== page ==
Reviewed by Angela Marie
How much rhythmic literary magic can be created from the imagination of one person? An infinite, innumerable amount if the author is Julia Donaldson. Add a talented illustrator to the mix and the result cannot fail to entertain both the reader and the read to.
Think Julia Donaldson and we may think illustrator Axel Scheffler, delighting us with the detail of The Gruffalo and his child (who is brave enough to go into those woods?), the witch from Room on the Broom (squish up a bit more) and Stick Man (what determination!). Or we may think Lydia Monks with her bold colour blocking and cleverly simplified yet caricatured circus performers (The Singing Mermaid) and magical surprises (Sugarlump and the Unicorn). And, in the essence of Room on the Broom, Julia always has room for more amazing collaborators.
written by Julia Donaldson, illustrated by Catherine Rayner
‘The Go-Away bird sat up in her nest,
With her fine grey feathers and her fine grey crest.
A little green bird flew into the tree.
I’m the Chit-Chat bird. Will you chat with me?’
Julia’s latest treat, THE GO-AWAY BIRD, sees her joining forces with illustrator, Catherine Rayner. As is so frequent (and appreciated by parents and teachers alike), THE GO-AWAY BIRD delivers an obvious and important message. This is a special part of the magic of a good picture storybook. The young child may immediately understand and relate to the principles inherent here – the power of friendship and support. Little or no explanation required. Will the Go-Away bird make friends with the Chit-Chat bird or the Peck-Peck bird or the Flip-Flap bird? Or the Get-You bird? What role will the Come-Back bird play?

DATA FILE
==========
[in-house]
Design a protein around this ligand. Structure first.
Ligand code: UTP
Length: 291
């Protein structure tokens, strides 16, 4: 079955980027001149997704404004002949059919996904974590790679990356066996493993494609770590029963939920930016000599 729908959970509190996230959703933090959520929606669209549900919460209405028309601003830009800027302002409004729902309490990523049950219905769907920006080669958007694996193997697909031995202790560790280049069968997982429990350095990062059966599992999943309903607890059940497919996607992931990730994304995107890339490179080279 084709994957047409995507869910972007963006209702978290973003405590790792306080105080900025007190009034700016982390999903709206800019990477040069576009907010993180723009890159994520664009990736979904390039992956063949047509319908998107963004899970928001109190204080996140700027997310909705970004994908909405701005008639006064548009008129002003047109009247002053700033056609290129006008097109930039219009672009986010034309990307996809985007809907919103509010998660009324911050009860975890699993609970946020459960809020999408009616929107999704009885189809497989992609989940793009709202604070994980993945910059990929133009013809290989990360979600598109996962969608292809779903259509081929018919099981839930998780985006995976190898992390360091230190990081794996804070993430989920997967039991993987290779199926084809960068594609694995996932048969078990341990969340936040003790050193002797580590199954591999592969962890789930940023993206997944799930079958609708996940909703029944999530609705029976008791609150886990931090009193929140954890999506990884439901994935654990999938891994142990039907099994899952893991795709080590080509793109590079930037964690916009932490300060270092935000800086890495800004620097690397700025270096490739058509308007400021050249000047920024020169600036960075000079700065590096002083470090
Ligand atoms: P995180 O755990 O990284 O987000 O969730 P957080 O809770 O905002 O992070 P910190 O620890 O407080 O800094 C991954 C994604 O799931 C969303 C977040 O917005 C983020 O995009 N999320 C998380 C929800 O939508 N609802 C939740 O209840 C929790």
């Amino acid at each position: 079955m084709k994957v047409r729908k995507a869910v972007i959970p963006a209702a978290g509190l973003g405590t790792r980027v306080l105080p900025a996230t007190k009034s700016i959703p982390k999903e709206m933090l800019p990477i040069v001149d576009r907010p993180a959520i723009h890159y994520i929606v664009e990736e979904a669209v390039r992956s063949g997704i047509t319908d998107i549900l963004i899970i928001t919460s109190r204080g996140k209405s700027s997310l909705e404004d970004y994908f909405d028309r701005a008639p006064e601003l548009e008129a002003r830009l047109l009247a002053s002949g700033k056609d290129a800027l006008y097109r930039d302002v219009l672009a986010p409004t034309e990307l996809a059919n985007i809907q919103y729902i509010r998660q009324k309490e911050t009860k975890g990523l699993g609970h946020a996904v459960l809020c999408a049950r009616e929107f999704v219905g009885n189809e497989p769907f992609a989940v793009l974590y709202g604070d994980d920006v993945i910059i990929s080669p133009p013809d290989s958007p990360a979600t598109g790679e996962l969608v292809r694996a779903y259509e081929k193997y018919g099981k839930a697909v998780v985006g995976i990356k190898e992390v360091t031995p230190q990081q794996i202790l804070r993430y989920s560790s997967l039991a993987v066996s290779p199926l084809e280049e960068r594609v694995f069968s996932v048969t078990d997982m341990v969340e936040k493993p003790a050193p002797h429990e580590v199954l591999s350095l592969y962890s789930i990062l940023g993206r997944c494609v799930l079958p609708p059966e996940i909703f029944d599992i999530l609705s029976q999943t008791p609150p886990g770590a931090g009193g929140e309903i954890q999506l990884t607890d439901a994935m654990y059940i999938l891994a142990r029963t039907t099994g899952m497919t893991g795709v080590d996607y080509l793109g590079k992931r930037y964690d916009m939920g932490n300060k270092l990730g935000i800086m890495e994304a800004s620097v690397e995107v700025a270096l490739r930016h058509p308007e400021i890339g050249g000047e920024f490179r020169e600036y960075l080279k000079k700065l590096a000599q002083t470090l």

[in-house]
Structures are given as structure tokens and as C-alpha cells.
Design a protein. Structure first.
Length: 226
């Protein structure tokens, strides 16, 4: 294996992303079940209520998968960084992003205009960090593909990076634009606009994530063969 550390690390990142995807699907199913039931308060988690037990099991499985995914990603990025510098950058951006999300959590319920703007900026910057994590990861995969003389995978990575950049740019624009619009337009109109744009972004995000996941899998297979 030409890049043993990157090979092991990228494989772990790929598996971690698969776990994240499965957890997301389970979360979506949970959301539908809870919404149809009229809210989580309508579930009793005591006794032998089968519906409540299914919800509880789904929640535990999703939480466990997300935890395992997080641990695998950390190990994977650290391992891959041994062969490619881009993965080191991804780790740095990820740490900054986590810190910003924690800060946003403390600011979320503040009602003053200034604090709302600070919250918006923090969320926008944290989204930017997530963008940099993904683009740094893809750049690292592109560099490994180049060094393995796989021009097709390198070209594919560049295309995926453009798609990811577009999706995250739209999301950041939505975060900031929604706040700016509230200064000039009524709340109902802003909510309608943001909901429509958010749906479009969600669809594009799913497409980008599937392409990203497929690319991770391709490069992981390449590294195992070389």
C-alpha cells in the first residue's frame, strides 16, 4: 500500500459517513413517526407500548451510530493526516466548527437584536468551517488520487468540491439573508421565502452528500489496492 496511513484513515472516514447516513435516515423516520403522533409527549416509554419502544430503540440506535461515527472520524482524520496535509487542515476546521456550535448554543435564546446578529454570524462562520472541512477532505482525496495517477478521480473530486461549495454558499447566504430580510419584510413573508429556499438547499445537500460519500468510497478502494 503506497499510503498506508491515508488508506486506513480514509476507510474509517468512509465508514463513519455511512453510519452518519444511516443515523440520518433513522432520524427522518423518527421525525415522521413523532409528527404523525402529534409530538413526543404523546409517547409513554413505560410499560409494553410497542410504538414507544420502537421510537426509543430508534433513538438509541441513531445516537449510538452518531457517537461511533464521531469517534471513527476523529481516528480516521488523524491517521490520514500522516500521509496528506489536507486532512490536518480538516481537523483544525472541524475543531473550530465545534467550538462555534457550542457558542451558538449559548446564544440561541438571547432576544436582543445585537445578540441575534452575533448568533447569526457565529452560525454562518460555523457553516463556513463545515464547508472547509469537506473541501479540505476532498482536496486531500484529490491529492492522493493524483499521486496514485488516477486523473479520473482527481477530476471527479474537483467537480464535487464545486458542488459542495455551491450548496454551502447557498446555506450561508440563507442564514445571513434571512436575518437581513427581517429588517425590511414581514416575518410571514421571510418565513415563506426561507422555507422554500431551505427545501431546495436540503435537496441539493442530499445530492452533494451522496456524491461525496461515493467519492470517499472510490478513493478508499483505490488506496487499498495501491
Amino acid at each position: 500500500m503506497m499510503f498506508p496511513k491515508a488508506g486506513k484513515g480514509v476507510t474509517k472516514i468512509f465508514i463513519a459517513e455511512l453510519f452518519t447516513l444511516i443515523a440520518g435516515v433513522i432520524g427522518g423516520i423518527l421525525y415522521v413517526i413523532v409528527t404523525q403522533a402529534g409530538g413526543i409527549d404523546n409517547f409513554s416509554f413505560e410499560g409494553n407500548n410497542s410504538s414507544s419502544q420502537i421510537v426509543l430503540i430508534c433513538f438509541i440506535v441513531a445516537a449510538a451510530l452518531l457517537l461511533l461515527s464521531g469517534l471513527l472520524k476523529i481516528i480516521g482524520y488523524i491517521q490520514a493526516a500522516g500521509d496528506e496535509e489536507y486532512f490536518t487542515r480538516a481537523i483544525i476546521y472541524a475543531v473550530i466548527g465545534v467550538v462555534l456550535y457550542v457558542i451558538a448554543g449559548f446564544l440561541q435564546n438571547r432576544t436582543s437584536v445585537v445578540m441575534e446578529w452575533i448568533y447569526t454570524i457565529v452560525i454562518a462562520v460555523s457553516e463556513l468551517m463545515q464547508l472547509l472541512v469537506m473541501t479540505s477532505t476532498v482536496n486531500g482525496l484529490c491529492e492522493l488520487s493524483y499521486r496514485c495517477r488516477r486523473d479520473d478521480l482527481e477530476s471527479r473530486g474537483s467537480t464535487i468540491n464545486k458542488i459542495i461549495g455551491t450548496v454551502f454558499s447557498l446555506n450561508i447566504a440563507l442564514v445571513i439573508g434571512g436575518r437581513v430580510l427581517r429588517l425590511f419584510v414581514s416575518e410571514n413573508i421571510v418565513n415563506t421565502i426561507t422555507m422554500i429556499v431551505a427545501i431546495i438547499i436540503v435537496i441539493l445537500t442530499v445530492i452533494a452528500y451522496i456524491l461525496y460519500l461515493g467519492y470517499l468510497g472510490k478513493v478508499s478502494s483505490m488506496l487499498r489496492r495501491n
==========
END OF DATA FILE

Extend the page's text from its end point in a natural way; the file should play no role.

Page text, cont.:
Take a while to really look into the illustrations. Enjoy the pace of movement, both fast and slow, and the facial expressions echoing the myriad of emotions and actions – detachment, hopefulness, disappointment, fear, support, determination, acknowledgement. And the making of new bonds. Wait for the surprise of size.
THE GO-AWAY BIRD is a story to read again and again and will be a favourite. There are many layers to unpack from the more apparent of friendship to the ever-present concern of bullying to the subtle skill of reading body language and facial expressions.